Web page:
Photographic negatives

William Henry Fox Talbot (1800-77) from Dorset was a polymath but lacked one skill, namely draughtmanship, and he was even frustrated with his attempts at using tracing devices to make illustrations for his various research papers. Luckily, his knowledge of chemistry enabled him, in the mid-1830s, to invent a method whereby sunlight would imprint an image for him, albeit in negative, on paper coated in salt, then silver nitrate and salt again. He then devised another process to turn this negative into a positive as many times as desired.

He later discovered that exposure need only be a few seconds to create a latent image which could then be developed in a gallic acid mixture. He patented this in 1841 as a ‘calotype’. His friend and fellow polymath, Sir John Herschel (1792-1871) from Buckinghamshire, suggested using hyposulphite of soda as a fixer and this is still used today for black-and-white photography.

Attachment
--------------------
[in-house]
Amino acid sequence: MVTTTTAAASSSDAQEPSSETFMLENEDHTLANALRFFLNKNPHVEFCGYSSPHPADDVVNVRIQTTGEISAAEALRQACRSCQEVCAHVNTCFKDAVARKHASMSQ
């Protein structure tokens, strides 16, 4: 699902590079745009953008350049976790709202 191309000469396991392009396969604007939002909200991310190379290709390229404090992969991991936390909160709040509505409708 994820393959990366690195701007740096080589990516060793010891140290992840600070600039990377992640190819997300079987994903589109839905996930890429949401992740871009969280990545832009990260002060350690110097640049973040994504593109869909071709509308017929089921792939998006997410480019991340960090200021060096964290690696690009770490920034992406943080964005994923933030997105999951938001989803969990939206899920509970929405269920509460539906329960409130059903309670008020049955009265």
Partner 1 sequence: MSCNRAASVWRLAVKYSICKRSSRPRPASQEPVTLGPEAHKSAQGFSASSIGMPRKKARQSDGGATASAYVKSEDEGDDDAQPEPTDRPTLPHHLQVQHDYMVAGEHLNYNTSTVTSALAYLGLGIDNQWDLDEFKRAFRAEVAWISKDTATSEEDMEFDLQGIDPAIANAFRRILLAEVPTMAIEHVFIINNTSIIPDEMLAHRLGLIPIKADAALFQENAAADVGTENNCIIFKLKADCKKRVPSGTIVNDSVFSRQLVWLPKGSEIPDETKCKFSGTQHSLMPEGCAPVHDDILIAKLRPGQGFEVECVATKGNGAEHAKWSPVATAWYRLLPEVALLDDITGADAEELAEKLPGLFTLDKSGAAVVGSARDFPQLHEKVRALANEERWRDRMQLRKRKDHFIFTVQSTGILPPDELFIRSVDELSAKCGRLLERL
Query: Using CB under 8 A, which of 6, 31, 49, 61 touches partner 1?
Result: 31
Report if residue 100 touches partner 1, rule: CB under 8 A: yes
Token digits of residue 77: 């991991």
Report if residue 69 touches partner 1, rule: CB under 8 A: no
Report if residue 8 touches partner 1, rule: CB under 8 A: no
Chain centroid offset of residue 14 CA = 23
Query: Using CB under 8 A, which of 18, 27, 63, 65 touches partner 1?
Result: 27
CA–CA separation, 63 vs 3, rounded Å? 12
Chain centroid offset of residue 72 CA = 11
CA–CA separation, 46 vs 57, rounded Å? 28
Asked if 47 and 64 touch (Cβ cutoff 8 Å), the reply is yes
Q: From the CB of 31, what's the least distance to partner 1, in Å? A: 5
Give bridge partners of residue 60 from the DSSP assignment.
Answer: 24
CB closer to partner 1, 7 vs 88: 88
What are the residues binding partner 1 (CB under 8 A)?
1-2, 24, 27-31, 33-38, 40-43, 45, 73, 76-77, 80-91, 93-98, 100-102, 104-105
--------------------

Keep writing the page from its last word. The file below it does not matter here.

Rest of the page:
Fox Talbot published the first book of photographs, ‘The Pencil of Nature’ (1844) to demonstrate how his “photogenic drawings”, as he called them, could be used. A new type of artistic expression was born, as well as the means for producing authentic historical records. In Talbot’s words, “It is a little bit of magic realised”.

(Images LtoR: Fox Talbot & photograph taken by him in 1842, both at Wikimedia Commons / Public domain)

Copying is not enabled.